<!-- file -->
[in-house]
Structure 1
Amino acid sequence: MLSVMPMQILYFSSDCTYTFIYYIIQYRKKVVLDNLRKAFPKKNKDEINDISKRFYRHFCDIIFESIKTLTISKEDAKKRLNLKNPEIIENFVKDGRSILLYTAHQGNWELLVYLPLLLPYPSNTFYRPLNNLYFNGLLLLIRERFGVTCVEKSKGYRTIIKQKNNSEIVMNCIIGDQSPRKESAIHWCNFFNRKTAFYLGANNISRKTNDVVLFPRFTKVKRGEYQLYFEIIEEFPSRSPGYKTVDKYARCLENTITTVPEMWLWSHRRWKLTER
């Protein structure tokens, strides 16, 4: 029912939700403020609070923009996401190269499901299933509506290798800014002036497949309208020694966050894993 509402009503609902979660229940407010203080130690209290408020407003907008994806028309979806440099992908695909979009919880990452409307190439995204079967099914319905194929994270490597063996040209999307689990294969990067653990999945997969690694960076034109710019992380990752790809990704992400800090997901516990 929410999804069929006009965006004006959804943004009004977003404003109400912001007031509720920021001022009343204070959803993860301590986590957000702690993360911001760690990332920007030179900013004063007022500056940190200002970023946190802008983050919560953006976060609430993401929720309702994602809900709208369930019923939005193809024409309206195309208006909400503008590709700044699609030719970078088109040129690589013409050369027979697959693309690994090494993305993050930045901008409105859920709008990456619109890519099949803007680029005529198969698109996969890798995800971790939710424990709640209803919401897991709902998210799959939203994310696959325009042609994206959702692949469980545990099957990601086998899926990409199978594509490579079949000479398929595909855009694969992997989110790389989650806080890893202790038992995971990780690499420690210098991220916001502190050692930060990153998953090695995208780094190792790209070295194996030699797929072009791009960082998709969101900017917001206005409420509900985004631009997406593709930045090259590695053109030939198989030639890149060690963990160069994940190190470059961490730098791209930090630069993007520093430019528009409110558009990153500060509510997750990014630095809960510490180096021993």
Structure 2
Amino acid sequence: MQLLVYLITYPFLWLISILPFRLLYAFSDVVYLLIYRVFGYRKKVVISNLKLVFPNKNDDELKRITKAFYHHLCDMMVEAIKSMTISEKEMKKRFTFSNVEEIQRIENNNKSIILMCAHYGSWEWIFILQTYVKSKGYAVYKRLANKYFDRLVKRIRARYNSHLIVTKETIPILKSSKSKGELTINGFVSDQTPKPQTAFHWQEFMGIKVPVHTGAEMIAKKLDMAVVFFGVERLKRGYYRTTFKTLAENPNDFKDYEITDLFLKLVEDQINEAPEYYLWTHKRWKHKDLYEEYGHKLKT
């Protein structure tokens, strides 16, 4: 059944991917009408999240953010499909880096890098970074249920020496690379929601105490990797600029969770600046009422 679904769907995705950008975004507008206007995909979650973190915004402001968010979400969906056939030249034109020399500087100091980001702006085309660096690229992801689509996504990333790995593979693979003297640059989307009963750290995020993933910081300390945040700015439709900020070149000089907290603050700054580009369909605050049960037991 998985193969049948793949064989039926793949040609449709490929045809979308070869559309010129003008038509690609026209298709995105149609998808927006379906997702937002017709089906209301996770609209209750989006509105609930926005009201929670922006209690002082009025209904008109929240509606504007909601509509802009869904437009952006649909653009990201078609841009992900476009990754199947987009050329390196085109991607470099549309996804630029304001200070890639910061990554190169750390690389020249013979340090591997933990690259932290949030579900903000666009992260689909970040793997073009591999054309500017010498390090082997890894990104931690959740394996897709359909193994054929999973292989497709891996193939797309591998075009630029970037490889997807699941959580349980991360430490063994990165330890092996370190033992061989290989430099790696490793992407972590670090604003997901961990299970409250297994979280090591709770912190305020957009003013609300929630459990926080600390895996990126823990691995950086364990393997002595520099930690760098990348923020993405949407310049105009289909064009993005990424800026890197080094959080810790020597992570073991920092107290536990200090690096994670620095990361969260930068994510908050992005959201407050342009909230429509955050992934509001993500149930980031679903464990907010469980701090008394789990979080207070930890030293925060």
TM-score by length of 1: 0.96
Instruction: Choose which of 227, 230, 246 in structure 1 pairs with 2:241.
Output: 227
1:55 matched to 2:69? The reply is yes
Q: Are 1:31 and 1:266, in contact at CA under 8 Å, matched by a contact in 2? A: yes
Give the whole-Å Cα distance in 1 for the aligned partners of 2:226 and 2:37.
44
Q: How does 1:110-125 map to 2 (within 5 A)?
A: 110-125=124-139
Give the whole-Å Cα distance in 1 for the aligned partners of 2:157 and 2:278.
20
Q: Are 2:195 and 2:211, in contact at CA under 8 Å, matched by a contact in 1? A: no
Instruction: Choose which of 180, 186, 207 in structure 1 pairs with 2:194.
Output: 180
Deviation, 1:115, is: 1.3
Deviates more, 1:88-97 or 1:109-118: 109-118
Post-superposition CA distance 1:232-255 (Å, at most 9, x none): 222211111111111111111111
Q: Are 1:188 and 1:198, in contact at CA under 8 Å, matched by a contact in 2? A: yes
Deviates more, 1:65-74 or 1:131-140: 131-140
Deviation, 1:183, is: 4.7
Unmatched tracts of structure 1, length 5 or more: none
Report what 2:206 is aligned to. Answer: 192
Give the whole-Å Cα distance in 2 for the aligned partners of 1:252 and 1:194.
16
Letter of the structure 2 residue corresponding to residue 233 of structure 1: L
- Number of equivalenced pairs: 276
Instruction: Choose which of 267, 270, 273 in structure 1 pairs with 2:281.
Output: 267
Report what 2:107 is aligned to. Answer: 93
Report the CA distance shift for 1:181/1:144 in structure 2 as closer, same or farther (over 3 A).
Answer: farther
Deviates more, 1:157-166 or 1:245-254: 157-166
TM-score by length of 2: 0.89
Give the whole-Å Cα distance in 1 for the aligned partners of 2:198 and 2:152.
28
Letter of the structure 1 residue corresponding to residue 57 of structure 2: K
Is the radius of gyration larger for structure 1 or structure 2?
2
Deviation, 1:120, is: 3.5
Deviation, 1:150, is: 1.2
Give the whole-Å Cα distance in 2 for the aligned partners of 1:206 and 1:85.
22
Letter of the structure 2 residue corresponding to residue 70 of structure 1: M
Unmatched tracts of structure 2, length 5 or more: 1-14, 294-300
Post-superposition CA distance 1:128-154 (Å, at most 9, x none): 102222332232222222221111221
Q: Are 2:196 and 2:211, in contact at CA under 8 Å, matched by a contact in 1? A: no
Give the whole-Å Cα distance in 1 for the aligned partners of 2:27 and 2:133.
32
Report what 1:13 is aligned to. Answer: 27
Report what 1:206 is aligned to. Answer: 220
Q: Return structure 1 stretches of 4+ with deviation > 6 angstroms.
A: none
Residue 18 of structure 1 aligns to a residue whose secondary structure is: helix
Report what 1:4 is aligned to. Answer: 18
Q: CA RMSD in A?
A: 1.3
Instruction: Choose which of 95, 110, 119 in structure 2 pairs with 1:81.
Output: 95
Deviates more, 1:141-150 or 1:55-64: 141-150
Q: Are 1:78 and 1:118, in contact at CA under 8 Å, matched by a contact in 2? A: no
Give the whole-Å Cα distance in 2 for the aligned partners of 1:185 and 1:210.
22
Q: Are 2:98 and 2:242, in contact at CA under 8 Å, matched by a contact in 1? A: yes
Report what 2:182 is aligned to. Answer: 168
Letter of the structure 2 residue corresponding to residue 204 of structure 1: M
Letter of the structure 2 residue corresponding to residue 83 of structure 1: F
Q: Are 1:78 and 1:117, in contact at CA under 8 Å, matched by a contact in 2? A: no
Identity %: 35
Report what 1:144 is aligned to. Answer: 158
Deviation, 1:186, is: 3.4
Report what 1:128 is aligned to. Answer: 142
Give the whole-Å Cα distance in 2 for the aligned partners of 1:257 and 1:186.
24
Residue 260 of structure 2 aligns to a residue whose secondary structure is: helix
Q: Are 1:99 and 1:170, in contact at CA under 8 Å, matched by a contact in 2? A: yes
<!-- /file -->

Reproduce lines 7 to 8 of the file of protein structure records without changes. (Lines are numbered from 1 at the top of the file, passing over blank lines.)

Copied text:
């Protein structure tokens, strides 16, 4: 059944991917009408999240953010499909880096890098970074249920020496690379929601105490990797600029969770600046009422 679904769907995705950008975004507008206007995909979650973190915004402001968010979400969906056939030249034109020399500087100091980001702006085309660096690229992801689509996504990333790995593979693979003297640059989307009963750290995020993933910081300390945040700015439709900020070149000089907290603050700054580009369909605050049960037991 998985193969049948793949064989039926793949040609449709490929045809979308070869559309010129003008038509690609026209298709995105149609998808927006379906997702937002017709089906209301996770609209209750989006509105609930926005009201929670922006209690002082009025209904008109929240509606504007909601509509802009869904437009952006649909653009990201078609841009992900476009990754199947987009050329390196085109991607470099549309996804630029304001200070890639910061990554190169750390690389020249013979340090591997933990690259932290949030579900903000666009992260689909970040793997073009591999054309500017010498390090082997890894990104931690959740394996897709359909193994054929999973292989497709891996193939797309591998075009630029970037490889997807699941959580349980991360430490063994990165330890092996370190033992061989290989430099790696490793992407972590670090604003997901961990299970409250297994979280090591709770912190305020957009003013609300929630459990926080600390895996990126823990691995950086364990393997002595520099930690760098990348923020993405949407310049105009289909064009993005990424800026890197080094959080810790020597992570073991920092107290536990200090690096994670620095990361969260930068994510908050992005959201407050342009909230429509955050992934509001993500149930980031679903464990907010469980701090008394789990979080207070930890030293925060």
TM-score by length of 1: 0.96